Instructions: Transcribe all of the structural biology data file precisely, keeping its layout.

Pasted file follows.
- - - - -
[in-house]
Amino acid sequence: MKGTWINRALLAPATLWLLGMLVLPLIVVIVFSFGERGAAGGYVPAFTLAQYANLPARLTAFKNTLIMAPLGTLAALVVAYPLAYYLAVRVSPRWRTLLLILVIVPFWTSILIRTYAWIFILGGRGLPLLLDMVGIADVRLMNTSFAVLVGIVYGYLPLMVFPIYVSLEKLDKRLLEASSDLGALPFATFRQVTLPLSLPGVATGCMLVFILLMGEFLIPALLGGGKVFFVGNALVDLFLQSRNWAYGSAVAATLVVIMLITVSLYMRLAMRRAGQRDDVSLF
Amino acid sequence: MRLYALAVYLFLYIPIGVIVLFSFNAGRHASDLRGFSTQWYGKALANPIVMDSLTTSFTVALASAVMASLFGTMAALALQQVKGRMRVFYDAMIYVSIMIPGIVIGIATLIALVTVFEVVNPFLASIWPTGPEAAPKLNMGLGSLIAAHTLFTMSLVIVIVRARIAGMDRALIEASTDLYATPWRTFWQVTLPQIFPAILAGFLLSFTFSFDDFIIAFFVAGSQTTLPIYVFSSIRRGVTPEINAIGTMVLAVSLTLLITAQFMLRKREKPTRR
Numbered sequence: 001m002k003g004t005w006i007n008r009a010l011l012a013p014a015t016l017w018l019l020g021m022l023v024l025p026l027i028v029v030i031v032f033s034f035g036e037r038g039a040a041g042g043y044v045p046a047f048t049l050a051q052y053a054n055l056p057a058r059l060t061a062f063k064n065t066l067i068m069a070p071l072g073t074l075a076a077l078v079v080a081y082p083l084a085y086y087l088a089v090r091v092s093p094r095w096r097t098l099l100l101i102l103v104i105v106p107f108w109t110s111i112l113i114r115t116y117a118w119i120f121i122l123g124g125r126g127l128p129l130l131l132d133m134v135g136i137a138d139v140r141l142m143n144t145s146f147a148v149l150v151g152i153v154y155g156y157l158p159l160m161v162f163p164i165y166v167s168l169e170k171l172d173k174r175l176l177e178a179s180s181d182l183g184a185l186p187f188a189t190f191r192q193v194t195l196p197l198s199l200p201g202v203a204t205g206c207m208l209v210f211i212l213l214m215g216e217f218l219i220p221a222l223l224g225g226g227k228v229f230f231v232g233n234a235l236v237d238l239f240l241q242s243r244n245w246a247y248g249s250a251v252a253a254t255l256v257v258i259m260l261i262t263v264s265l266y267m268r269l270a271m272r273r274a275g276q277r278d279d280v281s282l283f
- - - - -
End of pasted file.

[in-house]
Amino acid sequence: MKGTWINRALLAPATLWLLGMLVLPLIVVIVFSFGERGAAGGYVPAFTLAQYANLPARLTAFKNTLIMAPLGTLAALVVAYPLAYYLAVRVSPRWRTLLLILVIVPFWTSILIRTYAWIFILGGRGLPLLLDMVGIADVRLMNTSFAVLVGIVYGYLPLMVFPIYVSLEKLDKRLLEASSDLGALPFATFRQVTLPLSLPGVATGCMLVFILLMGEFLIPALLGGGKVFFVGNALVDLFLQSRNWAYGSAVAATLVVIMLITVSLYMRLAMRRAGQRDDVSLF
Amino acid sequence: MRLYALAVYLFLYIPIGVIVLFSFNAGRHASDLRGFSTQWYGKALANPIVMDSLTTSFTVALASAVMASLFGTMAALALQQVKGRMRVFYDAMIYVSIMIPGIVIGIATLIALVTVFEVVNPFLASIWPTGPEAAPKLNMGLGSLIAAHTLFTMSLVIVIVRARIAGMDRALIEASTDLYATPWRTFWQVTLPQIFPAILAGFLLSFTFSFDDFIIAFFVAGSQTTLPIYVFSSIRRGVTPEINAIGTMVLAVSLTLLITAQFMLRKREKPTRR
Numbered sequence: 001m002k003g004t005w006i007n008r009a010l011l012a013p014a015t016l017w018l019l020g021m022l023v024l025p026l027i028v029v030i031v032f033s034f035g036e037r038g039a040a041g042g043y044v045p046a047f048t049l050a051q052y053a054n055l056p057a058r059l060t061a062f063k064n065t066l067i068m069a070p071l072g073t074l075a076a077l078v079v080a081y082p083l084a085y086y087l088a089v090r091v092s093p094r095w096r097t098l099l100l101i102l103v104i105v106p107f108w109t110s111i112l113i114r115t116y117a118w119i120f121i122l123g124g125r126g127l128p129l130l131l132d133m134v135g136i137a138d139v140r141l142m143n144t145s146f147a148v149l150v151g152i153v154y155g156y157l158p159l160m161v162f163p164i165y166v167s168l169e170k171l172d173k174r175l176l177e178a179s180s181d182l183g184a185l186p187f188a189t190f191r192q193v194t195l196p197l198s199l200p201g202v203a204t205g206c207m208l209v210f211i212l213l214m215g216e217f218l219i220p221a222l223l224g225g226g227k228v229f230f231v232g233n234a235l236v237d238l239f240l241q242s243r244n245w246a247y248g249s250a251v252a253a254t255l256v257v258i259m260l261i262t263v264s265l266y267m268r269l270a271m272r273r274a275g276q277r278d279d280v281s282l283f